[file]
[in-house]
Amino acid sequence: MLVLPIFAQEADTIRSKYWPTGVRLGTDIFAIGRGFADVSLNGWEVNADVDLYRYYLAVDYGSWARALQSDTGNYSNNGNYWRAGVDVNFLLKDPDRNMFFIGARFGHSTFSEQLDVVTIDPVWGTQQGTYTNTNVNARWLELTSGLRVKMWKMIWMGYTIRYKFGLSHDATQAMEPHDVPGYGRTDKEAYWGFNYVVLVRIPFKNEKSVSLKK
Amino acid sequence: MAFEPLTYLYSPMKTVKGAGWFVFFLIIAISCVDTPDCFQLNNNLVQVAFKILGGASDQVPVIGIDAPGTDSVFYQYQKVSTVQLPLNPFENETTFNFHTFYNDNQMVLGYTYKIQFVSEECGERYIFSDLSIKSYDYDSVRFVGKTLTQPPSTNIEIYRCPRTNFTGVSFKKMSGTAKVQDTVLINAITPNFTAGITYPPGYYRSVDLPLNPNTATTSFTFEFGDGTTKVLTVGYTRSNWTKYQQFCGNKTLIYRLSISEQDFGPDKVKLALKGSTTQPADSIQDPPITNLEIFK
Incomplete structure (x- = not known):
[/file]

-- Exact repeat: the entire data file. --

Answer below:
[in-house]
Amino acid sequence: MLVLPIFAQEADTIRSKYWPTGVRLGTDIFAIGRGFADVSLNGWEVNADVDLYRYYLAVDYGSWARALQSDTGNYSNNGNYWRAGVDVNFLLKDPDRNMFFIGARFGHSTFSEQLDVVTIDPVWGTQQGTYTNTNVNARWLELTSGLRVKMWKMIWMGYTIRYKFGLSHDATQAMEPHDVPGYGRTDKEAYWGFNYVVLVRIPFKNEKSVSLKK
Amino acid sequence: MAFEPLTYLYSPMKTVKGAGWFVFFLIIAISCVDTPDCFQLNNNLVQVAFKILGGASDQVPVIGIDAPGTDSVFYQYQKVSTVQLPLNPFENETTFNFHTFYNDNQMVLGYTYKIQFVSEECGERYIFSDLSIKSYDYDSVRFVGKTLTQPPSTNIEIYRCPRTNFTGVSFKKMSGTAKVQDTVLINAITPNFTAGITYPPGYYRSVDLPLNPNTATTSFTFEFGDGTTKVLTVGYTRSNWTKYQQFCGNKTLIYRLSISEQDFGPDKVKLALKGSTTQPADSIQDPPITNLEIFK
Incomplete structure (x- = not known):